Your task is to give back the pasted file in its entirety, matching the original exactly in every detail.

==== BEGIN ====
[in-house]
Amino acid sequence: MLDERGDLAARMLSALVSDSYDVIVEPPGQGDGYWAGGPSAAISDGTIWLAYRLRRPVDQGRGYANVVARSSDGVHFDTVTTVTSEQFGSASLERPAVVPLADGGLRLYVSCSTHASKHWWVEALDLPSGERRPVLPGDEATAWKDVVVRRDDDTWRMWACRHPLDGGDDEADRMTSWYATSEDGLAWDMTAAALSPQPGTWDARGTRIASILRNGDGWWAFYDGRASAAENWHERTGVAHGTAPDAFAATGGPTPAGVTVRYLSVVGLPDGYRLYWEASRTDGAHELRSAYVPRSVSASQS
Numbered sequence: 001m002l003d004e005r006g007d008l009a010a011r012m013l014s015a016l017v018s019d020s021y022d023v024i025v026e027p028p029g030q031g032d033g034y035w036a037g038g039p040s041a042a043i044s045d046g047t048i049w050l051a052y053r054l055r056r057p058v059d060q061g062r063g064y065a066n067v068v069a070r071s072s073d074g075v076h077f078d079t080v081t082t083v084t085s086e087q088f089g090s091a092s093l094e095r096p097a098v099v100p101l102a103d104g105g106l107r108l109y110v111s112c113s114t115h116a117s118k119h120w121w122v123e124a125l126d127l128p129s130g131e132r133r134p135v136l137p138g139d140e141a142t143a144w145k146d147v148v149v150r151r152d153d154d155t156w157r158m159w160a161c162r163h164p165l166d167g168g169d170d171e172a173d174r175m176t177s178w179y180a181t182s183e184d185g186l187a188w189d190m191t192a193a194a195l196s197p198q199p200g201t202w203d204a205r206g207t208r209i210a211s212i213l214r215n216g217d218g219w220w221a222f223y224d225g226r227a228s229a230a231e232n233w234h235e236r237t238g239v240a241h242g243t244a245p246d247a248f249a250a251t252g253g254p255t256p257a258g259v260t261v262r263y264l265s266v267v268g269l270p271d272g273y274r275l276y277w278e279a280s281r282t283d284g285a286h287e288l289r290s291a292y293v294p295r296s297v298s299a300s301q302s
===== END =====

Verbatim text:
[in-house]
Amino acid sequence: MLDERGDLAARMLSALVSDSYDVIVEPPGQGDGYWAGGPSAAISDGTIWLAYRLRRPVDQGRGYANVVARSSDGVHFDTVTTVTSEQFGSASLERPAVVPLADGGLRLYVSCSTHASKHWWVEALDLPSGERRPVLPGDEATAWKDVVVRRDDDTWRMWACRHPLDGGDDEADRMTSWYATSEDGLAWDMTAAALSPQPGTWDARGTRIASILRNGDGWWAFYDGRASAAENWHERTGVAHGTAPDAFAATGGPTPAGVTVRYLSVVGLPDGYRLYWEASRTDGAHELRSAYVPRSVSASQS
Numbered sequence: 001m002l003d004e005r006g007d008l009a010a011r012m013l014s015a016l017v018s019d020s021y022d023v024i025v026e027p028p029g030q031g032d033g034y035w036a037g038g039p040s041a042a043i044s045d046g047t048i049w050l051a052y053r054l055r056r057p058v059d060q061g062r063g064y065a066n067v068v069a070r071s072s073d074g075v076h077f078d079t080v081t082t083v084t085s086e087q088f089g090s091a092s093l094e095r096p097a098v099v100p101l102a103d104g105g106l107r108l109y110v111s112c113s114t115h116a117s118k119h120w121w122v123e124a125l126d127l128p129s130g131e132r133r134p135v136l137p138g139d140e141a142t143a144w145k146d147v148v149v150r151r152d153d154d155t156w157r158m159w160a161c162r163h164p165l166d167g168g169d170d171e172a173d174r175m176t177s178w179y180a181t182s183e184d185g186l187a188w189d190m191t192a193a194a195l196s197p198q199p200g201t202w203d204a205r206g207t208r209i210a211s212i213l214r215n216g217d218g219w220w221a222f223y224d225g226r227a228s229a230a231e232n233w234h235e236r237t238g239v240a241h242g243t244a245p246d247a248f249a250a251t252g253g254p255t256p257a258g259v260t261v262r263y264l265s266v267v268g269l270p271d272g273y274r275l276y277w278e279a280s281r282t283d284g285a286h287e288l289r290s291a292y293v294p295r296s297v298s299a300s301q302s